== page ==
The Italian fashion and luxury group has chosen the American stock exchange to finance its growth over the next few years. It becomes the 19th Italian company contracted in New York
Who knows if Ermenegildo Zegna, when he founded the fashion house that takes his name in 1910, would have ever imagined that his nephew Gildo would one day ring the bell on Wall Street. That moment has arrived: the Ermenegildo Zegna fashion house founded in Trivero in the Biella area went public on the New York stock exchange, as it had announced last July. The company specializing in luxury men’s clothing and present in 80 countries with 296 direct stores has decided to ally with Invesintundstrial Acquisition Corp to open up to the most important financial market in the world.
Listing of 2.4 billion
The Zegna family will retain control, holding 66 percent of the company, which will start from an initial capitalization of 2.4 billion euros. The operation is consistent with what has been happening in the luxury sector for years. Numerous companies, even with a ten-year history behind them, are deciding to strengthen themselves to compete on the global market. According to Deloitte, mergers and acquisitions increased further globally last year. But Zegna’s choice differs from the paths taken by other Italian brands, which have instead decided to ally themselves with foreign fashion houses, or to sell directly. The Biella-based group has in fact focused heavily on the New York stock exchange, from which it hopes to be able to collect a flow of money that will allow it to finance future growth while remaining independent.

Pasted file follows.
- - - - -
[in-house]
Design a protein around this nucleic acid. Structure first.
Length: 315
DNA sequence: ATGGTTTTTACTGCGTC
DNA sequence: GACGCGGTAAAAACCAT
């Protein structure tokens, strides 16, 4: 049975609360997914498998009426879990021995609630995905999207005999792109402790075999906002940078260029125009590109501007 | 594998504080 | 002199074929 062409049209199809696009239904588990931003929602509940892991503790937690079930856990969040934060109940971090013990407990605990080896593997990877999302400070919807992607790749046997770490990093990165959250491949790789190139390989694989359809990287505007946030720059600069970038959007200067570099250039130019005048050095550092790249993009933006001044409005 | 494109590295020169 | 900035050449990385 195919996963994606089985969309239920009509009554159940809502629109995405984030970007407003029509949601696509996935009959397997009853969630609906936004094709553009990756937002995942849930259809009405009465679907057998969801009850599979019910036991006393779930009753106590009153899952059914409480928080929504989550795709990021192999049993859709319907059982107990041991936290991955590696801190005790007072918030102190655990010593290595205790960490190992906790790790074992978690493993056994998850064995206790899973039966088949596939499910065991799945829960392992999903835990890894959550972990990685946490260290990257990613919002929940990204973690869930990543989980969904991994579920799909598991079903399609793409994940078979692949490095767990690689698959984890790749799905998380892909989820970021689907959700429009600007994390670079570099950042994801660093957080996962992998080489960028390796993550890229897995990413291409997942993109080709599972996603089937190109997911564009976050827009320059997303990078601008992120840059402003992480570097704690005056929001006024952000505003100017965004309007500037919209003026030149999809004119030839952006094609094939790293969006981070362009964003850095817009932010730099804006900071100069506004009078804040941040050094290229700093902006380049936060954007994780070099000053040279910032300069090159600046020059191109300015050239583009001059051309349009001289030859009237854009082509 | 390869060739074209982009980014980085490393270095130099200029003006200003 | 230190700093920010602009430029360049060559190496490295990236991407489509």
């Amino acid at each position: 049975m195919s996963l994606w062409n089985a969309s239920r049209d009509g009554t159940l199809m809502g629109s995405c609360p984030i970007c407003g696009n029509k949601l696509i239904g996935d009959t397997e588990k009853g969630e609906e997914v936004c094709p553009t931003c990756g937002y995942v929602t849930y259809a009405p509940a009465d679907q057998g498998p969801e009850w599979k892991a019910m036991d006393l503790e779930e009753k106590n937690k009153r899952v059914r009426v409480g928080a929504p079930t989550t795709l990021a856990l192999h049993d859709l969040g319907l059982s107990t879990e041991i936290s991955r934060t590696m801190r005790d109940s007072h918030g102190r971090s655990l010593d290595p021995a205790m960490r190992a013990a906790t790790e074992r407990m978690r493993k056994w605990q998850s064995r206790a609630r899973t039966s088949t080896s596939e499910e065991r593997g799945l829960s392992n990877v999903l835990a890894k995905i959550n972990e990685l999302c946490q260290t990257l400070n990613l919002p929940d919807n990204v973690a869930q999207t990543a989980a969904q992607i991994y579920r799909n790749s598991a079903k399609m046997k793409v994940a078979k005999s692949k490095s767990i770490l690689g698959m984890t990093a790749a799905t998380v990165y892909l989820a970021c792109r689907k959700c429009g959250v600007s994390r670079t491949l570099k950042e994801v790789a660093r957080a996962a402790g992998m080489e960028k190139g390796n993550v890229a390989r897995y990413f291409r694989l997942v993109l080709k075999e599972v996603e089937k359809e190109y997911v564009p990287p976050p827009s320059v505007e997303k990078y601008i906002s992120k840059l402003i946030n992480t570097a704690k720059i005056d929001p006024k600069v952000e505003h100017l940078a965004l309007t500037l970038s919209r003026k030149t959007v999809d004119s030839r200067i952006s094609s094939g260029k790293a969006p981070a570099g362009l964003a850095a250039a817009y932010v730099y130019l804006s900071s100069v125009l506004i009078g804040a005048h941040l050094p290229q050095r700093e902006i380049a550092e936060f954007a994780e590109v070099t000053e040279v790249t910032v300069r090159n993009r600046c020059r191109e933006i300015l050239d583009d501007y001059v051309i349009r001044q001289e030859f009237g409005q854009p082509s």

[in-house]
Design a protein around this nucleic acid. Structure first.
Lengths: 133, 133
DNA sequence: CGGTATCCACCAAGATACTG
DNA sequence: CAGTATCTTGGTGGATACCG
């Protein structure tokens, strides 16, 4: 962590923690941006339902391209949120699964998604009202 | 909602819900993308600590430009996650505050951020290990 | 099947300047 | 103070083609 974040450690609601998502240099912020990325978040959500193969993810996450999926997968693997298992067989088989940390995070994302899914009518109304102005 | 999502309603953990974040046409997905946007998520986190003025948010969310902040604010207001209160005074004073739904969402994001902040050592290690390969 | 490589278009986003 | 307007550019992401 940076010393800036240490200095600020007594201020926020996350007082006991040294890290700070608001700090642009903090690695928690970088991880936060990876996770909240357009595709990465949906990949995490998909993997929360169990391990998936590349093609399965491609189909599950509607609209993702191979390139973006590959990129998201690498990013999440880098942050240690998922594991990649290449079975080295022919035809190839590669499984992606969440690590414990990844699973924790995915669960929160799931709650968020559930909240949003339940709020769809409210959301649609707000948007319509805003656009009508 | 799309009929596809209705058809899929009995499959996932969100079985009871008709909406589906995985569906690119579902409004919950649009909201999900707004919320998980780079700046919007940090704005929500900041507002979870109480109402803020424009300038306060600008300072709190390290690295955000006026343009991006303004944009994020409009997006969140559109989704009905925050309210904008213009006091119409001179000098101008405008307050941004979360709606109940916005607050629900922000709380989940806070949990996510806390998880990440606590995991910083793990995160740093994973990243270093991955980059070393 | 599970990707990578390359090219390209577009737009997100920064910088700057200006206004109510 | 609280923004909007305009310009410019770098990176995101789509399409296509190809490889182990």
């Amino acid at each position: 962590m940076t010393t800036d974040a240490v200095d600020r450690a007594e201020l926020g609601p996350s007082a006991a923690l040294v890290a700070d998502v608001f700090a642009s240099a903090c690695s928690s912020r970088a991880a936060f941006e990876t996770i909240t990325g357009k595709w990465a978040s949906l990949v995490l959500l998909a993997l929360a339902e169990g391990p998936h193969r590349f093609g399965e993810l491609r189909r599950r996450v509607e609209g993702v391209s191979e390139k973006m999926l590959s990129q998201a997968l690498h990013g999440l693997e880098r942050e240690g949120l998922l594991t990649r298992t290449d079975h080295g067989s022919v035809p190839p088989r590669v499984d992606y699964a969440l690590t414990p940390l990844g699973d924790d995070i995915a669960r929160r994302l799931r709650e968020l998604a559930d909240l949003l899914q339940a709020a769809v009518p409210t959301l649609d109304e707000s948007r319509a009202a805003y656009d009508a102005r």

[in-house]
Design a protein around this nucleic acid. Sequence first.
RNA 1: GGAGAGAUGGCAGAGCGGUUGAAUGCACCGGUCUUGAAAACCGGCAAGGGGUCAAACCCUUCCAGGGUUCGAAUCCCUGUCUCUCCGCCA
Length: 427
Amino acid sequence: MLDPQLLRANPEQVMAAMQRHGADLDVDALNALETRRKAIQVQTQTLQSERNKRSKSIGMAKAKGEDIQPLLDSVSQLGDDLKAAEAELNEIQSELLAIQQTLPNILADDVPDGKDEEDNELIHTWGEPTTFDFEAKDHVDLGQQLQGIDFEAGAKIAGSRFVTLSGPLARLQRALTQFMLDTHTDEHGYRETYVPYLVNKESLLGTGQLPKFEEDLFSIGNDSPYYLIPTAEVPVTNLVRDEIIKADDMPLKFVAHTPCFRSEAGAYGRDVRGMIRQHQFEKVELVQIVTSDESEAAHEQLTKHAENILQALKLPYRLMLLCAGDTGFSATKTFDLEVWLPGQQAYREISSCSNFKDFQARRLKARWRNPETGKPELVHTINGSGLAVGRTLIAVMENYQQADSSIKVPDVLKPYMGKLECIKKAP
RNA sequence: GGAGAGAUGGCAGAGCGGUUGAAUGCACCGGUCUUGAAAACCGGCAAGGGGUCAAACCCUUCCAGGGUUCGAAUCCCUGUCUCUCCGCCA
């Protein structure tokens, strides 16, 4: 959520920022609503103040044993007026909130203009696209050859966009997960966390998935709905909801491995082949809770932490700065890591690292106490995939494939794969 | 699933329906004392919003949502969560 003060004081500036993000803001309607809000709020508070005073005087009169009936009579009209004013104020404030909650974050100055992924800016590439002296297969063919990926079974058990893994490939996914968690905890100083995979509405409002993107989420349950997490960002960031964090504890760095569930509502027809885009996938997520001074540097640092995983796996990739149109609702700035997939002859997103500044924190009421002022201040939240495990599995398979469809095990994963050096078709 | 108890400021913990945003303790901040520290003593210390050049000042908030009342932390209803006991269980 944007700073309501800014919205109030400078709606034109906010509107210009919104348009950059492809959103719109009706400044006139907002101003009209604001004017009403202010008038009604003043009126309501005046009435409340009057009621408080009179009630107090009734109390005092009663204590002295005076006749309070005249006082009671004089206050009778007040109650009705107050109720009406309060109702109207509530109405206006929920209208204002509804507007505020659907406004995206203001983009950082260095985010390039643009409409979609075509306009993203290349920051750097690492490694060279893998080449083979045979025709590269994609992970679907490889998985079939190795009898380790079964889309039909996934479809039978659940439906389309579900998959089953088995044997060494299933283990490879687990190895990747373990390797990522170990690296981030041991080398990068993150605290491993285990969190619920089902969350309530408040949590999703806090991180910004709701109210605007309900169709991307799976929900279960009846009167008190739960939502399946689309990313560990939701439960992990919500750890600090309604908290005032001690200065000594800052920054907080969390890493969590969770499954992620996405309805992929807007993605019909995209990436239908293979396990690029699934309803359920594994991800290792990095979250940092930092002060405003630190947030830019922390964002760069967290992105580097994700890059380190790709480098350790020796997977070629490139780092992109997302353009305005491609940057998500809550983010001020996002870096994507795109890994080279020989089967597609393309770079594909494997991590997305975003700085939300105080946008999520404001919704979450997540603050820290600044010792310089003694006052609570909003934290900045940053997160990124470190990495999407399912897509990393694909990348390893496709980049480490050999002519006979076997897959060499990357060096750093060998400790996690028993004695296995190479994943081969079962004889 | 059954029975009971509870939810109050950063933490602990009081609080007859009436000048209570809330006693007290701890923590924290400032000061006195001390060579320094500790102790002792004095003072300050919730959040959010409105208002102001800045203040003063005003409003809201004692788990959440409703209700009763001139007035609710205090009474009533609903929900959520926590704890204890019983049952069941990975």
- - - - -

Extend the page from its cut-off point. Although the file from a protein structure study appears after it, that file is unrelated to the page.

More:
Quotation through Spac
The operation to list Zegna was carried out through a SPAC, a type of company that was created for the sole purpose of raising a sum sufficient to integrate with a company considered interesting and bring it to the stock exchange.
The choice of quotation is often underestimated by Italian entrepreneurs, who historically do not like trading on the stock exchange for fear of losing control of the companies. But in recent years, also thanks to the SPACs, Wall Street has become a little more Italian: in fact, only in 2021 have Stevanato, Helbiz and Genenta Science already completed the listing, reaching 19 Italian companies traded on the New York floor.